Accessibility links

Breaking News

Commonwealth Team Examines Land Deal in Zimbabwe - 2001-10-25

A Commonwealth team began meeting Thursday in Harare to follow up on a deal reached last month aimed at ending the violence on Zimbabwe's farms. The team was due to pay a courtesy call on President Robert Mugabe.

The Commonwealth team is spending two days in Zimbabwe to judge progress on an agreement reached earlier this year in the Nigerian capital, Abuja. It aims to end the violence on Zimbabwean farms.

The team is led by Nigeria. Representatives from Britain, Canada, Australia, Jamaica, Kenya and South Africa are also participating. The British delegate, Valerie Amos, is the highest ranking British official to visit Zimbabwe since relations between the two countries broke down three years ago.

The team was scheduled to meet with President Mugabe, other senior government officials and leaders of the war veterans'association, who have spearheaded the invasion of more than a thousand white-owned commercial farms over the last two years. Delegates are also supposed to meet white farmers, opposition leaders and independent civic groups.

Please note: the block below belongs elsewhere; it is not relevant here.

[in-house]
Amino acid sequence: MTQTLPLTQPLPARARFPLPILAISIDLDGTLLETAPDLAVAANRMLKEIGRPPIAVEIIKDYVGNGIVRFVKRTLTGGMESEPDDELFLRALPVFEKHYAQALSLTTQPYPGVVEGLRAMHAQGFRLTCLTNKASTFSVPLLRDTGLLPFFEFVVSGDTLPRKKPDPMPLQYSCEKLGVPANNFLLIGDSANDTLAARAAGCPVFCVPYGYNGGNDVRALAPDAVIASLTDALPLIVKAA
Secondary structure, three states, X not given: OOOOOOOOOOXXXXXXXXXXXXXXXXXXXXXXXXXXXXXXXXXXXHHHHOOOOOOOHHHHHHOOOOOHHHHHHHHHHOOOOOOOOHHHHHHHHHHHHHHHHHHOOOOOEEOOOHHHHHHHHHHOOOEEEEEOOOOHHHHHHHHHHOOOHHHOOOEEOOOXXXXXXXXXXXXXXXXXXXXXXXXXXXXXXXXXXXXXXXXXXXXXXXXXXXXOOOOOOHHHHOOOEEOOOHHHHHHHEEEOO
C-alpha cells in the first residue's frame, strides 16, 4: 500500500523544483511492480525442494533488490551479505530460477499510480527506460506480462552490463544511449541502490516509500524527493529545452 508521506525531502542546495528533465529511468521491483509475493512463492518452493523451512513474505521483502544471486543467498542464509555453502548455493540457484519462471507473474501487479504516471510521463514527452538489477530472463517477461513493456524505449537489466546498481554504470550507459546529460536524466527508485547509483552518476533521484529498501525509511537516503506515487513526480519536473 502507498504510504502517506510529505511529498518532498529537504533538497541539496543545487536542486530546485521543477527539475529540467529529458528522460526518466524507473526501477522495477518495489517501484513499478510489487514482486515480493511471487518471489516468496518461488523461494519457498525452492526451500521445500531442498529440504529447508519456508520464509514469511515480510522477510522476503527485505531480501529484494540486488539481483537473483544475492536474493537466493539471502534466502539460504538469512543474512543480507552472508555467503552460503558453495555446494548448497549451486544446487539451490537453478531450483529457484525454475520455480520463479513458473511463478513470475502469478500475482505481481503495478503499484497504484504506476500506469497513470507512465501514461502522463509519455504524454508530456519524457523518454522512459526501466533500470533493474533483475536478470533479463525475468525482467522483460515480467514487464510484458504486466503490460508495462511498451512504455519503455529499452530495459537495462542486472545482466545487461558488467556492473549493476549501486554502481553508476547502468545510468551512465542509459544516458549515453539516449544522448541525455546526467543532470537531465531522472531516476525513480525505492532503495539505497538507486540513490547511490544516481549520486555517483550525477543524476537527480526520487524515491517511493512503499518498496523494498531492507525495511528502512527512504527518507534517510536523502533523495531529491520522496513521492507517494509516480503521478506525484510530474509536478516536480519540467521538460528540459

The main aim of the visit is reported to be developing a timetable for implementation of the Abuja agreement.

Under the deal, the Zimbabwean government is supposed to restore the rule of law to the country's land reform program, and stop any further occupations of white-owned farms.

In exchange, Britain has agreed to fund the redistribution of land in its former colony.

The Abuja agreement was hailed as a breakthrough when it was reached last month. But analysts are skeptical about whether it will really achieve its goal.

The Zimbabwean government has already accused Britain of dragging its feet on compensation for white farmers, whose land is being redistributed to landless blacks.

Meanwhile, Zimbabwe's Commercial Farmers Union says ruling-party militants continue to seize new farms despite the accord.

An Amnesty International report released Wednesday also alleged that state-sponsored violence is still on the rise. The human rights group urged the international community to send observers to Zimbabwe ahead of next year's presidential election.